White Paper: Pandemic’s Impact on Migration Less Than Expected
The pandemic may not have been nearly as big of a catalyst for movement as anticipated, foot traffic analytics firm Placer.ai says in a new white paper. Although some cities saw people move away, many stayed close by, moving to nearby suburbs. Furthermore, much of the internal U.S. migration over the past two years followed trends already in place pre-pandemic.
The white paper notes that cities and states whose popularity was rising pre-COVID continued to grow, while some more stagnant areas experienced declines. Florida, Texas, and Arizona saw their populations increase by 2% to 4% since 2019, while New York and California saw declines of 1% to 2%.
Neighborhoods can create their own economic and residential reality, the white paper states. Ultra-local migration doesn’t always follow the patterns of the wider region. “For example, Fulton Market in Chicago is growing fast, even as Illinois’ population somewhat declines,” according to Placer.ai.
Paul Bubny serves as Senior Content Director for Connect Commercial Real Estate, a role to which he brings 13-plus years’ experience covering the commercial real estate industry and 30-plus years in business-to-business journalism. In this capacity, he oversees daily operations while also reporting on both local/regional markets and national trends, covering individual transactions across all property types, as well as delving into broader subject matter. He produces 15-20 daily news stories per day and works with the Connect team and clients to develop longer-form content, ranging from Q&As to thought-leadership pieces.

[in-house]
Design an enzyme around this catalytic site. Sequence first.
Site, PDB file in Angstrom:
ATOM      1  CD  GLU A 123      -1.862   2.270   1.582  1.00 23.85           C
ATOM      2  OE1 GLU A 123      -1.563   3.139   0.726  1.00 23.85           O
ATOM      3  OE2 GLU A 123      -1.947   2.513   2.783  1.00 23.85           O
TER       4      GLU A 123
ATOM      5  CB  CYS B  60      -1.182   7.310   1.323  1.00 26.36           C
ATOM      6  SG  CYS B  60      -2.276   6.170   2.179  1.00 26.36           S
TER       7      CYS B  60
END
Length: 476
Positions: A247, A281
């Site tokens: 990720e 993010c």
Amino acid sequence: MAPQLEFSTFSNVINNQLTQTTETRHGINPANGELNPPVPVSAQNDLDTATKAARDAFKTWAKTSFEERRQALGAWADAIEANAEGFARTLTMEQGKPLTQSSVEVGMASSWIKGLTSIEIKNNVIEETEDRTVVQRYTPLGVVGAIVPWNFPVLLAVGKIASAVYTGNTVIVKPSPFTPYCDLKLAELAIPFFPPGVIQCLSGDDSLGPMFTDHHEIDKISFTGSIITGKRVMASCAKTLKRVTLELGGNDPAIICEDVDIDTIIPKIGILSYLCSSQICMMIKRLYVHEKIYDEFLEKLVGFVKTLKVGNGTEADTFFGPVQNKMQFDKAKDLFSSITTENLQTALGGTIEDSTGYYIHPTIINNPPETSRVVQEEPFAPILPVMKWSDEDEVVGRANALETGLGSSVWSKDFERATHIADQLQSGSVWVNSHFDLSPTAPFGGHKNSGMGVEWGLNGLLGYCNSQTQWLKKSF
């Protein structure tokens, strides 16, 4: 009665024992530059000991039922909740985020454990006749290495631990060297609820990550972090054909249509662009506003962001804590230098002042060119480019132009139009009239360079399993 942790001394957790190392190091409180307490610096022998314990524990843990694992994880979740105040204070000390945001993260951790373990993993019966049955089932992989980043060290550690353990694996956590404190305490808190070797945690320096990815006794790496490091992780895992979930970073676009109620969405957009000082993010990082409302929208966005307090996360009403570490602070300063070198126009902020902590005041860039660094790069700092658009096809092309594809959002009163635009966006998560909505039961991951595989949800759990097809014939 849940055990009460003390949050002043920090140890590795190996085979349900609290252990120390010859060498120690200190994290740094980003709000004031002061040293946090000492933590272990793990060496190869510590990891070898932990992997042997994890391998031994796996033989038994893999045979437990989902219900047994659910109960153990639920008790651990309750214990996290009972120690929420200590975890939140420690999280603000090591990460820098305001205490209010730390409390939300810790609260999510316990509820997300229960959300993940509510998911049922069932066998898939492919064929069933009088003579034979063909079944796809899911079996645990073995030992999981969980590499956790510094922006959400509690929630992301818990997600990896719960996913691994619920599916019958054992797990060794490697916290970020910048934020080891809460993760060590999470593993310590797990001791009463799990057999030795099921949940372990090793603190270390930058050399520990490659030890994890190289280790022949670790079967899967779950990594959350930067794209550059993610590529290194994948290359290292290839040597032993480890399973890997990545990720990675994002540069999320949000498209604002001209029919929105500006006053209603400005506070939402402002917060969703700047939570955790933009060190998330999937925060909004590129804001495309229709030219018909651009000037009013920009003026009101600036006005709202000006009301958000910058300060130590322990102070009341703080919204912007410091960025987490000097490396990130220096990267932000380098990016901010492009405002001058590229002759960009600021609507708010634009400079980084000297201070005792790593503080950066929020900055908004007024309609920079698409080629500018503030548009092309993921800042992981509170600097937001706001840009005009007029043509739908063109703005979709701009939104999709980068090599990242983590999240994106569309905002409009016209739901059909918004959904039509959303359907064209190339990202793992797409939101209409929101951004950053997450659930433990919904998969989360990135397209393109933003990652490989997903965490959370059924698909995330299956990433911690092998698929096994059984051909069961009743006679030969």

Prior to joining Connect, Paul was Managing Editor for both Real Estate Forum and GlobeSt.com at American Lawyer Media, where he oversaw operations at both publications while also producing daily news and feature-length articles. His tenure in B2B publishing stretches back into the print era, and he has served as Editor in Chief on four national trade publications.
Since 1999, Paul has volunteered as the newsletter editor of passenger rail advocacy groups (one national, one local).